The second generation Apple TV looks no different than the first. Same austere black box that can fit in your hand with a few minimal cable attachments on the back: Ethernet port, optical port, and HDMI to attach to your television. Although the box itself is no different, it did get a bit of an upgrade on the inside.
The biggest difference is that you can now watch video at 1080p, instead of the old 720p you were used to before. The iTunes store seamlessly moved through this transition, however, and all movies are available in 1080p. Also new is the A5 chip to help the 1080p do its job, along with Apple’s fresh home screen, which I thought to be a minor improvement from the old one. Both were intuitive to use, but this one feels more organized.
Setup is easy and fast. Apple added VoiceOver to the new Apple TV, so when you first get on a voice will ask if you would like to enable the VoiceOver feature. Then you have a quick WiFi network selection and language choice. This can be a pain in the butt when using the controller Apple gives you, since there are no numbers to speak of, just a couple of buttons and a black wheel at the top used for volume and channel changing You will have to move through the numbers and letters on the screen using the scrolls.
If you were hoping for some compatibility from the outside world, you will be disappointed. Apple is as content as ever to keep you within the apple-core, and you won’t be getting any use out of Hulu Plus or HBO Go with Apple TV. You will need something like Roku’s competing little black box to help you with that. Otherwise you are limited to the iTunes store, as well as a few other options Apple gave us access to via WiFi, such as NetFlix, MLB TV, and YouTube.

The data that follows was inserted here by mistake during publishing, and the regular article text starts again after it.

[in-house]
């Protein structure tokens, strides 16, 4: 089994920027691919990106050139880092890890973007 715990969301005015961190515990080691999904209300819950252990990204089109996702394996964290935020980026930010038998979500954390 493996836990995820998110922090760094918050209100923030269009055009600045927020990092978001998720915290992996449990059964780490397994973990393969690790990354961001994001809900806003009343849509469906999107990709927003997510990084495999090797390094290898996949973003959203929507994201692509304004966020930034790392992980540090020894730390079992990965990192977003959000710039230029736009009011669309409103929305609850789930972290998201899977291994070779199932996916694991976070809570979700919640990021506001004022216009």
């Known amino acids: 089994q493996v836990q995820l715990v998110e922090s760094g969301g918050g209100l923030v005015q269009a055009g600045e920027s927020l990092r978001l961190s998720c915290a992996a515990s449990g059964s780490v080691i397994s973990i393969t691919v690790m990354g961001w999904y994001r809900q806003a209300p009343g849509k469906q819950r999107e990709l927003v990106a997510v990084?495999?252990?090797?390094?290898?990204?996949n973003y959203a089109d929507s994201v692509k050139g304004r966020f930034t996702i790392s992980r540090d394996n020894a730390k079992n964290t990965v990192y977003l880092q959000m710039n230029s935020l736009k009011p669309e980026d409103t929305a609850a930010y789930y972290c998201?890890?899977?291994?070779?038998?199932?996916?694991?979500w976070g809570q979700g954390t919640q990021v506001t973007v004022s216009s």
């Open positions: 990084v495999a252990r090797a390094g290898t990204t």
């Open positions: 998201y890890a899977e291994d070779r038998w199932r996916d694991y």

This isn’t as big of a deal as it sounds when you consider that with AirPlay, you can just stream it from your iPod Touch or iPad or MacBook directly to the screen. Now, if you don’t have said products, your options might be limited. It’s important to remember that Apple TV is not a replacement for cable. You can play almost anything on it, but only if you have one of the Apple products listed above and an internet connection.
If you are an Apple veteran, and you have hundreds of movies stored on your iCloud bought from iTunes just waiting to be streamed down to your Apple TV, you’re going to be having a lot of fun right off the bat. If you are new to Apple however, chances are you will want to hit up the iTunes store and take a peek at what’s available. Purchasing movies is very easy, and renting them is too. Often however you will come across a different file type which you did not purchase on iTunes that you want to play but can’t.
Apple isn’t very sympathetic in this regard, and even with AirPlay, you will need a third party app to bring it onto your AppleTV. If that third party app isn’t available however, you are out of luck, at least until the new Mountain Lion OS arrives, which possibly, possibly, will allow streaming from these sources.
Apple TV version 2 brings something new to the table, and for only 99 USD it’s a real bargain. I expect that with the new Mountain Lion OS coming out this summer, its going to get even better. One thing to remember however: without AirPlay and the compatible Apple devices that go with it, there is no reason not to get the Roku Box or something similar.